Rating is available when the video has been rented.
This feature is not available right now. Please try again later.
Published on Dec 7, 2010
Paleontology Collections Manager Carl Mehling gives us a behind-the-scenes tour of the Big Bone Room, which houses some of the largest items in the Paleontology collection. Its holdings include one of the largest complete limb bones in the world: the 650-pound thigh bone of the long-necked, plant-eating dinosaur Camarasaurus.
Visitors will be able to see this spectacular specimen in the upcoming major exhibition The World's Largest Dinosaurs (April 16, 2011-January 2, 2012), which explores the amazing anatomy of a uniquely super-sized group of dinosaurs, the sauropods.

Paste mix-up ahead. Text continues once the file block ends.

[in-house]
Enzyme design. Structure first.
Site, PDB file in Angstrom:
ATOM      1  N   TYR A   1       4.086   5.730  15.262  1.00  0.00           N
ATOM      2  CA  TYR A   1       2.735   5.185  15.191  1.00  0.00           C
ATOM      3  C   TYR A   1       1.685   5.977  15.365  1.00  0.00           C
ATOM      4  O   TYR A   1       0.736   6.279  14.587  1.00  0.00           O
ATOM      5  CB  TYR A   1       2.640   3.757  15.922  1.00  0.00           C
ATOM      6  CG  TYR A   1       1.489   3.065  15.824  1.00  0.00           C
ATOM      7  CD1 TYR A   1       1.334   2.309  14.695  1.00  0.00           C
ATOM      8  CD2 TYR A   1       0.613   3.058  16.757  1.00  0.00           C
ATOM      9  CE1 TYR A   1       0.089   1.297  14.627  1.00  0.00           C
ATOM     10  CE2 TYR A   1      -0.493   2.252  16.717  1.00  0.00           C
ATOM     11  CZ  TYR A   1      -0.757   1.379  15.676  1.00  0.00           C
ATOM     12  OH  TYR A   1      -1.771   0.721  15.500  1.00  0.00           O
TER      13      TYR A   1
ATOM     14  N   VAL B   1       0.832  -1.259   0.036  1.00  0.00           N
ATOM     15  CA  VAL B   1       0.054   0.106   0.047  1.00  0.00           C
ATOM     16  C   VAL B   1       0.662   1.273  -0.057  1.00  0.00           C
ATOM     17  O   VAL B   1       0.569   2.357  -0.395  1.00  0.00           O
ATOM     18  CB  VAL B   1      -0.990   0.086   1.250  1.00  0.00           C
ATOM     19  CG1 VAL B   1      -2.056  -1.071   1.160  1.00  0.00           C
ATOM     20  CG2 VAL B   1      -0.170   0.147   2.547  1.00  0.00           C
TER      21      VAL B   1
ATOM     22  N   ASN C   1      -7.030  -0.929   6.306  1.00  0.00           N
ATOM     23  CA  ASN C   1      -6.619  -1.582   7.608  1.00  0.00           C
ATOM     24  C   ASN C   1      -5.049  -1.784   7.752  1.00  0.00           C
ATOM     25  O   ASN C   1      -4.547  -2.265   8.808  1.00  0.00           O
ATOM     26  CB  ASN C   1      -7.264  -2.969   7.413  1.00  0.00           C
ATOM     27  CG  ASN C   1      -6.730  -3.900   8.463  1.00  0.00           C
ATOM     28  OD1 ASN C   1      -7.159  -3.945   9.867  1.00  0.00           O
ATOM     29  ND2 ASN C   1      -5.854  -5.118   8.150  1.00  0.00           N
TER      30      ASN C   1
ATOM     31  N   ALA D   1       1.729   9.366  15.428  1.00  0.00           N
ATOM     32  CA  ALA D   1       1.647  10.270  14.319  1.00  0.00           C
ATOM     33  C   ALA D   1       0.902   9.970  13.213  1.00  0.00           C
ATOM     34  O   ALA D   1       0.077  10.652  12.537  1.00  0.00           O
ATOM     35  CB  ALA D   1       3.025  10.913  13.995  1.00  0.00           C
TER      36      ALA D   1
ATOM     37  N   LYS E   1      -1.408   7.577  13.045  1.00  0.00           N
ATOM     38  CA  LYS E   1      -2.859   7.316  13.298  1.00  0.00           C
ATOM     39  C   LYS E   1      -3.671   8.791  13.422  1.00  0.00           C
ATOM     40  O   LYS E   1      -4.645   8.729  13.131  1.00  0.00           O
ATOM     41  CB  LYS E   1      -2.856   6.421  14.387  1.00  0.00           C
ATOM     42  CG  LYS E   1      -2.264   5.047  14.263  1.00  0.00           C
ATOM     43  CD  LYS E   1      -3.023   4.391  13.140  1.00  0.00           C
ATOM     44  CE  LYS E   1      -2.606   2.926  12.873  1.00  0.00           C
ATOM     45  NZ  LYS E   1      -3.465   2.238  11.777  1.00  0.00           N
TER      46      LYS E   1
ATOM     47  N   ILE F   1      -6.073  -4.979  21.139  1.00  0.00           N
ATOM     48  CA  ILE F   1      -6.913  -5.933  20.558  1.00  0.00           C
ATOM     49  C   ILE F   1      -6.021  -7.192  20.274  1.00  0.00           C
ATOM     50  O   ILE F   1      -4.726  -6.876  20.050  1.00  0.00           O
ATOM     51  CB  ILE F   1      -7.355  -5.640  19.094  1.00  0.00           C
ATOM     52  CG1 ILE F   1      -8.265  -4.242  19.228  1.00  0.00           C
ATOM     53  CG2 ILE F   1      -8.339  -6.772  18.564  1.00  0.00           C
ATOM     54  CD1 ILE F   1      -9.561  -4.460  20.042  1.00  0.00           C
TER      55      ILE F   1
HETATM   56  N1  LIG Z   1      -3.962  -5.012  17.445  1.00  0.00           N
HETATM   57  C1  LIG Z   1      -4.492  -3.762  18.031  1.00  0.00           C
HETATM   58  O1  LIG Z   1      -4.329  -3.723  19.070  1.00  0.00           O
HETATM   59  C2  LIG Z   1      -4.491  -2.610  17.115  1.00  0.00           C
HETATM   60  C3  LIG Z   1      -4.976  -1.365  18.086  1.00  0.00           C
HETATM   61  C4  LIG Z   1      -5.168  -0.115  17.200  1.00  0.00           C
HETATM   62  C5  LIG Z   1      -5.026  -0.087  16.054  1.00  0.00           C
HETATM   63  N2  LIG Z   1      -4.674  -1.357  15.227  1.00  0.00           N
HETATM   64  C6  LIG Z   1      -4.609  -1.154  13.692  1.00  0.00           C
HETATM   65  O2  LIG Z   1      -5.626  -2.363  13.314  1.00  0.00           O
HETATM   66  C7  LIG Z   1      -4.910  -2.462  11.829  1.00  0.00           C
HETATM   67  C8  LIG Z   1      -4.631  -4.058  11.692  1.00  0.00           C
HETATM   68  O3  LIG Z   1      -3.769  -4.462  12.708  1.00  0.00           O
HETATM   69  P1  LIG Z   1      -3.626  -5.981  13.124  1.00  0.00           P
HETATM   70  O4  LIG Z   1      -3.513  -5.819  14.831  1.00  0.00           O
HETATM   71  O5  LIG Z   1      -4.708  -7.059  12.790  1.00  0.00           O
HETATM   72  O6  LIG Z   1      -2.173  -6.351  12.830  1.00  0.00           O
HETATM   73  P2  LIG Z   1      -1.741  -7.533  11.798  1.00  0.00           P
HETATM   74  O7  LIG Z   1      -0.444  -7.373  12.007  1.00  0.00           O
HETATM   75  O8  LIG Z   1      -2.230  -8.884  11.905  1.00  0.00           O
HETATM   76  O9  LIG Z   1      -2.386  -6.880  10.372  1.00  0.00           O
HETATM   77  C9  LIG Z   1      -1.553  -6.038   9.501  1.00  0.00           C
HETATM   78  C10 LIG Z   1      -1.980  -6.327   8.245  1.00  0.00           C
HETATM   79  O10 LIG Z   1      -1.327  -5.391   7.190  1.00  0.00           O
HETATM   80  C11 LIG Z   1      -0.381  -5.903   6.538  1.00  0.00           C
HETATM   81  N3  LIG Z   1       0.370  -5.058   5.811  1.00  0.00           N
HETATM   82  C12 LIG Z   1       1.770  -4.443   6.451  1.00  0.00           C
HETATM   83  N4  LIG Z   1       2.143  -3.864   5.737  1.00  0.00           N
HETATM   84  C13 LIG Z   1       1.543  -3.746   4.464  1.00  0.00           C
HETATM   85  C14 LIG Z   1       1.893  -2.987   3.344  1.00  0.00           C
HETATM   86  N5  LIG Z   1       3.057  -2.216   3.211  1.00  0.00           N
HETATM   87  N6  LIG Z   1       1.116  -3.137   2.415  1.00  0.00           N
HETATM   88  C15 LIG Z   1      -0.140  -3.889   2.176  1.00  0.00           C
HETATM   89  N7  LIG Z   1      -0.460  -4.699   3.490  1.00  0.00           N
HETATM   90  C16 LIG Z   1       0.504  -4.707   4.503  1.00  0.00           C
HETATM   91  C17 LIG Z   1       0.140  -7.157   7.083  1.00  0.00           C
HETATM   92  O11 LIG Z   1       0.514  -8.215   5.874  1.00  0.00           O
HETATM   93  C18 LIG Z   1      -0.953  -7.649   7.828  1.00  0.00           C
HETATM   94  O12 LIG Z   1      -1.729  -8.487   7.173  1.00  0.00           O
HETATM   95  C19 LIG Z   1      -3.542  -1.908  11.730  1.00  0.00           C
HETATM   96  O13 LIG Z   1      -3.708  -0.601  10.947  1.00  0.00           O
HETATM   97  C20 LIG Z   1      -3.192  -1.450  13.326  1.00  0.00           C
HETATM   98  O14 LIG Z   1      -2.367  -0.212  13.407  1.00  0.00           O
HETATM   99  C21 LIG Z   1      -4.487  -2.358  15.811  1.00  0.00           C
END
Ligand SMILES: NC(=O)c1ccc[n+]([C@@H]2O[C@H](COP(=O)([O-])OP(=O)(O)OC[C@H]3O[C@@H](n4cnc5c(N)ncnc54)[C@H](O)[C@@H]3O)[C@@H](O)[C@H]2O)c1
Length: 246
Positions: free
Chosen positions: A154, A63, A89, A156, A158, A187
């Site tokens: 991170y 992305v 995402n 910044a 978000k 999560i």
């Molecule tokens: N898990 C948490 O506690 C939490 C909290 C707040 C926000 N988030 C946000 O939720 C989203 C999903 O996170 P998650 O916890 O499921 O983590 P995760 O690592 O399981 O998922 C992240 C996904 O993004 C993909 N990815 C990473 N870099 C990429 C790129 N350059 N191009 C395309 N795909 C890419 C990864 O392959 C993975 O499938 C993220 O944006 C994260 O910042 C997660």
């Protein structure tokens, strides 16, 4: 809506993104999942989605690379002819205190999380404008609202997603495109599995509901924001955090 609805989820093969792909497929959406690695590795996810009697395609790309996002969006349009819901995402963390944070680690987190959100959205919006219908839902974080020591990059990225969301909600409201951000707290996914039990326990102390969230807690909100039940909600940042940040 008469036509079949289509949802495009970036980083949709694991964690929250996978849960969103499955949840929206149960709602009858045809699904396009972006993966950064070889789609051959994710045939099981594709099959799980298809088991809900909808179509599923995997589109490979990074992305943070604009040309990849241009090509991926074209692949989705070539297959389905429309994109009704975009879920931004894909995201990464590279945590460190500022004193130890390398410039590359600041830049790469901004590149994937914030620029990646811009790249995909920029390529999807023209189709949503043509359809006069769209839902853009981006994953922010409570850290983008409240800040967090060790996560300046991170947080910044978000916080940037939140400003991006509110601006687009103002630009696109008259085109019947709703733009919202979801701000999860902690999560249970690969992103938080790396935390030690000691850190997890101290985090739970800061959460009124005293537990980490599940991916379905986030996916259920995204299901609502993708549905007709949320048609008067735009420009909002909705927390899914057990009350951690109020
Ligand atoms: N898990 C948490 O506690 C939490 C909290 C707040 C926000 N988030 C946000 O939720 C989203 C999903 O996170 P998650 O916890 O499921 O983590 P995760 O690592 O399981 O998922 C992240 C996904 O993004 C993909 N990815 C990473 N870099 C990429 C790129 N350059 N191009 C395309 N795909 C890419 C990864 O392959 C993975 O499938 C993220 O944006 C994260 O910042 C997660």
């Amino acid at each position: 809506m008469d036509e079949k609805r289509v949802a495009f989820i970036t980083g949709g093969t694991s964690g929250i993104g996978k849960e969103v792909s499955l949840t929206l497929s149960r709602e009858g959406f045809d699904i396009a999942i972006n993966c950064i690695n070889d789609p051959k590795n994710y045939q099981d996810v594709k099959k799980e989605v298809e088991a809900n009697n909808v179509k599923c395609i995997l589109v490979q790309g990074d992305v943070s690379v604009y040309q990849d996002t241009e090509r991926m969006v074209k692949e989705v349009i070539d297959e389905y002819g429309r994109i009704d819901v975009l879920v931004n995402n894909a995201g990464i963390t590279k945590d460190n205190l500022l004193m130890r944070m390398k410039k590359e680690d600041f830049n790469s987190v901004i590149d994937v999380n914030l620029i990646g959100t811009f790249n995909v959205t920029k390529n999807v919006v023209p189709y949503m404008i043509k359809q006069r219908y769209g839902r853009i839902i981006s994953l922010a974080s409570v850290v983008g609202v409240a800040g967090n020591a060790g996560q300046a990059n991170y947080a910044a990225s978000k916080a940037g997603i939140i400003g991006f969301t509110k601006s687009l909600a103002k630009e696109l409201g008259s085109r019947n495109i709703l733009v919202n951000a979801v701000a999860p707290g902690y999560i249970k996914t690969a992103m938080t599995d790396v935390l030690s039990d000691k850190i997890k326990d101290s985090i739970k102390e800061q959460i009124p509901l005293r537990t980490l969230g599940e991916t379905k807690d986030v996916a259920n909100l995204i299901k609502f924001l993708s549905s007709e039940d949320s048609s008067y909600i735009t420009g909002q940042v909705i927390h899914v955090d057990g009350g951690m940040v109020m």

More than 3 million specimens make up the Museum's world-class paleontology collections, and only a small fraction can be displayed at any given time. In fact, only 0.02 percent of the Museum's vertebrate paleontology specimens are on view; the rest are stored behind the scenes, where they continue to be studied by Museum scientists and their colleagues.